ROME — We humans “must repent and modify our lifestyles” because of our abuse of Mother Earth, Pope Francis states in a message released Thursday.
In his Message for the Celebration of the World Day of Prayer for the Care of Creation, the pontiff decries the “mistreatment” of our common home stemming from “our consumerist excesses,” “tyrannical anthropocentrism,” “predatory economic interests,” and “short sighted and selfish actions” leading to “the collapse of our planet’s ecosystems.”
“In the first place, it is our sister, mother earth, who cries out. Prey to our consumerist excesses, she weeps and implores us to put an end to our abuses and to her destruction,” Francis declares in his Message.
Because of human irresponsibility “countless species are dying out and their hymns of praise silenced,” the pope laments, while the ancestral lands of indigenous peoples “are being invaded and devastated on all sides, ‘provoking a cry that rises up to heaven.’”
Because of the “climate crisis,” the poor disproportionately suffer the impact of “the drought, flooding, hurricanes and heat waves that are becoming ever more intense and frequent,” the pope asserts.
Woke Pope Francis goes all in! Calls for 'Green economics,' 'Green spirituality,' and 'Green education'! https://t.co/XE18kiUP0f
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“Listening to these anguished cries, we must repent and modify our lifestyles and destructive systems,” Francis proposes, since the “present state of decay of our common home merits the same attention as other global challenges such as grave health crises and wars.”
The ecological conversion needed to bring about lasting change cannot simply take place at the individual level, the pope insists, but must be “also a community conversion” embracing multilateral solutions, “especially in the meetings of the United Nations devoted to the environmental question.”
In his Message, Francis also plugs the COP27 conference on climate change, to be held in Egypt in November 2022, which “represents the next opportunity for all to join in promoting the effective implementation of the Paris Agreement.”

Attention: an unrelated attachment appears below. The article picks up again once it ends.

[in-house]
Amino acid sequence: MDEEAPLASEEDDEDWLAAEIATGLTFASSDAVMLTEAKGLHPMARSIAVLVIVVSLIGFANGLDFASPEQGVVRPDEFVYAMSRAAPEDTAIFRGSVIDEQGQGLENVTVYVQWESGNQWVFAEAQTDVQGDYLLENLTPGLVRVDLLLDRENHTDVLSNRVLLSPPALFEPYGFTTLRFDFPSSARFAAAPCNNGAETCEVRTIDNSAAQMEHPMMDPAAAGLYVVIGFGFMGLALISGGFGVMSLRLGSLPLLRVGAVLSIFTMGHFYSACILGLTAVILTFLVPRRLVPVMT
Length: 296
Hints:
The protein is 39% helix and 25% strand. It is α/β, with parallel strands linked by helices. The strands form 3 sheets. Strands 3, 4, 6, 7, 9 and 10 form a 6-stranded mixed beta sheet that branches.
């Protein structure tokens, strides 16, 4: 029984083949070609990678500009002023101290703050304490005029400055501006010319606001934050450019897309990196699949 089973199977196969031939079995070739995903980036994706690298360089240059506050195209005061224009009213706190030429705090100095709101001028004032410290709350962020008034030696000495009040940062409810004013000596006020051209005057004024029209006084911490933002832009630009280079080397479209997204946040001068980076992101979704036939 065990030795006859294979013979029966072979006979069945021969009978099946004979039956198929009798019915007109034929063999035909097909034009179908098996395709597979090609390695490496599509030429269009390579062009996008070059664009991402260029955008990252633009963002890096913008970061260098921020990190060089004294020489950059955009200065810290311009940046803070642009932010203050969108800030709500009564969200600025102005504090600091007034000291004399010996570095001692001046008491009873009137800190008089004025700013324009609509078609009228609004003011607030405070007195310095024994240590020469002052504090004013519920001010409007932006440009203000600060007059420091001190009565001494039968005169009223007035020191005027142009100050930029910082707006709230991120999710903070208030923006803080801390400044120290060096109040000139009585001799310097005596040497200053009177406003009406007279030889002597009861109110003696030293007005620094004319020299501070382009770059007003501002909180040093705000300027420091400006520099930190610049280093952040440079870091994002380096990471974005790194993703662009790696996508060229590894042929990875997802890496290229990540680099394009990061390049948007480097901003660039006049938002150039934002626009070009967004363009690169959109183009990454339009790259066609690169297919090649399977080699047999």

The Holy See subscribes to the Paris goal of limiting temperature increase to 1.5°C, Francis states, which “calls for responsible cooperation between all nations in presenting climate plans or more ambitious nationally determined contributions in order to reduce to zero, as quickly as possible, net greenhouse gas emissions.”
“This means ‘converting’ models of consumption and production, as well as lifestyles, in a way more respectful of creation and the integral human development of all peoples, present and future,” he adds. “The transition brought about by this conversion cannot neglect the demands of justice, especially for those workers who are most affected by the impact of climate change.”
Along with the UN climate conference, Francis underscores the importance of a UN summit on biodiversity, to be held in Canada in December, as a way to address “the double crisis of climate change and the reduction of biodiversity.”
Pope Francis once again appealed for a concerted international effort to battle climate change Monday, insisting that no one is exempt from this task. https://t.co/sEkJne8tzj
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The summit “will offer to the goodwill of governments a significant opportunity to adopt a new multilateral agreement to halt the destruction of ecosystems and the extinction of species,” he states.
The pontiff goes on to insist that wealthy nations have an “ecological debt” to poorer nations and must subsidize their transition to sustainable energy in reparation for their excesses.
“How can we fail to acknowledge the existence of an ‘ecological debt’ incurred by the economically richer countries, who have polluted most in the last two centuries; this demands that they take more ambitious steps at COP27 and at COP15,” he declares.
This debt also means “keeping their promises of financial and technical support for the economically poorer nations, which are already experiencing most of the burden of the climate crisis,” he proposes.
“In the name of God, I ask the great extractive industries – mining, oil, forestry, real estate, agribusiness – to stop destroying forests, wetlands, and mountains, to stop polluting rivers and seas, to stop poisoning food and people.”
“It is necessary for all of us to act decisively. For we are reaching ‘a breaking point,’” he states.